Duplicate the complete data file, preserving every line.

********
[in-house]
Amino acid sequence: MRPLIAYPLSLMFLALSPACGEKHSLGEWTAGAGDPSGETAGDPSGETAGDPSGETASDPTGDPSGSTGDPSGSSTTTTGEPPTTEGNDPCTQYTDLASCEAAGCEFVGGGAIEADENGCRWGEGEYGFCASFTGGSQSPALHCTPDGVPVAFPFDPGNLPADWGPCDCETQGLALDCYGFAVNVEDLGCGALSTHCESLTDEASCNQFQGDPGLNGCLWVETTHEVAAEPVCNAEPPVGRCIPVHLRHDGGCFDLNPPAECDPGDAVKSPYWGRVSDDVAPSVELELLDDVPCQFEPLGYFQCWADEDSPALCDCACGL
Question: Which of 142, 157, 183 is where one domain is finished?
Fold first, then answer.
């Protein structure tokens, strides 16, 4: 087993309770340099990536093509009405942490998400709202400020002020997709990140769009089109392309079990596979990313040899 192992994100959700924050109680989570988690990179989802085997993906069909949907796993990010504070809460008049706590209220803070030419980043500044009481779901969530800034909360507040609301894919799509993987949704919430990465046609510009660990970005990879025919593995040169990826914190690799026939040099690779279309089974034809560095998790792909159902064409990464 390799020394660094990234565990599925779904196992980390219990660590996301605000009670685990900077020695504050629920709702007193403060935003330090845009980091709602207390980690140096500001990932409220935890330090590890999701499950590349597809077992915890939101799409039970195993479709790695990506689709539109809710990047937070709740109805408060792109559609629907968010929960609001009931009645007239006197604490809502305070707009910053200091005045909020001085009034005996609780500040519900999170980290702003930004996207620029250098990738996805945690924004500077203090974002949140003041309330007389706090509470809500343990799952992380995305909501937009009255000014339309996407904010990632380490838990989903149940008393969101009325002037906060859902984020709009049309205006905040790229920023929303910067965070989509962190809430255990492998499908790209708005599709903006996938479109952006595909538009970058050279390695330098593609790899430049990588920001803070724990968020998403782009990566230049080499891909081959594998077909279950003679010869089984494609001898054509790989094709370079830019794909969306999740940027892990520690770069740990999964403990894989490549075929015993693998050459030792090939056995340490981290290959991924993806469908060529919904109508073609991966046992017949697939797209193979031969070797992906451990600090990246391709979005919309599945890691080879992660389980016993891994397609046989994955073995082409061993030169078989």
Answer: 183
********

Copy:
[in-house]
Amino acid sequence: MRPLIAYPLSLMFLALSPACGEKHSLGEWTAGAGDPSGETAGDPSGETAGDPSGETASDPTGDPSGSTGDPSGSSTTTTGEPPTTEGNDPCTQYTDLASCEAAGCEFVGGGAIEADENGCRWGEGEYGFCASFTGGSQSPALHCTPDGVPVAFPFDPGNLPADWGPCDCETQGLALDCYGFAVNVEDLGCGALSTHCESLTDEASCNQFQGDPGLNGCLWVETTHEVAAEPVCNAEPPVGRCIPVHLRHDGGCFDLNPPAECDPGDAVKSPYWGRVSDDVAPSVELELLDDVPCQFEPLGYFQCWADEDSPALCDCACGL
Question: Which of 142, 157, 183 is where one domain is finished?
Fold first, then answer.
């Protein structure tokens, strides 16, 4: 087993309770340099990536093509009405942490998400709202400020002020997709990140769009089109392309079990596979990313040899 192992994100959700924050109680989570988690990179989802085997993906069909949907796993990010504070809460008049706590209220803070030419980043500044009481779901969530800034909360507040609301894919799509993987949704919430990465046609510009660990970005990879025919593995040169990826914190690799026939040099690779279309089974034809560095998790792909159902064409990464 390799020394660094990234565990599925779904196992980390219990660590996301605000009670685990900077020695504050629920709702007193403060935003330090845009980091709602207390980690140096500001990932409220935890330090590890999701499950590349597809077992915890939101799409039970195993479709790695990506689709539109809710990047937070709740109805408060792109559609629907968010929960609001009931009645007239006197604490809502305070707009910053200091005045909020001085009034005996609780500040519900999170980290702003930004996207620029250098990738996805945690924004500077203090974002949140003041309330007389706090509470809500343990799952992380995305909501937009009255000014339309996407904010990632380490838990989903149940008393969101009325002037906060859902984020709009049309205006905040790229920023929303910067965070989509962190809430255990492998499908790209708005599709903006996938479109952006595909538009970058050279390695330098593609790899430049990588920001803070724990968020998403782009990566230049080499891909081959594998077909279950003679010869089984494609001898054509790989094709370079830019794909969306999740940027892990520690770069740990999964403990894989490549075929015993693998050459030792090939056995340490981290290959991924993806469908060529919904109508073609991966046992017949697939797209193979031969070797992906451990600090990246391709979005919309599945890691080879992660389980016993891994397609046989994955073995082409061993030169078989």
Answer: 183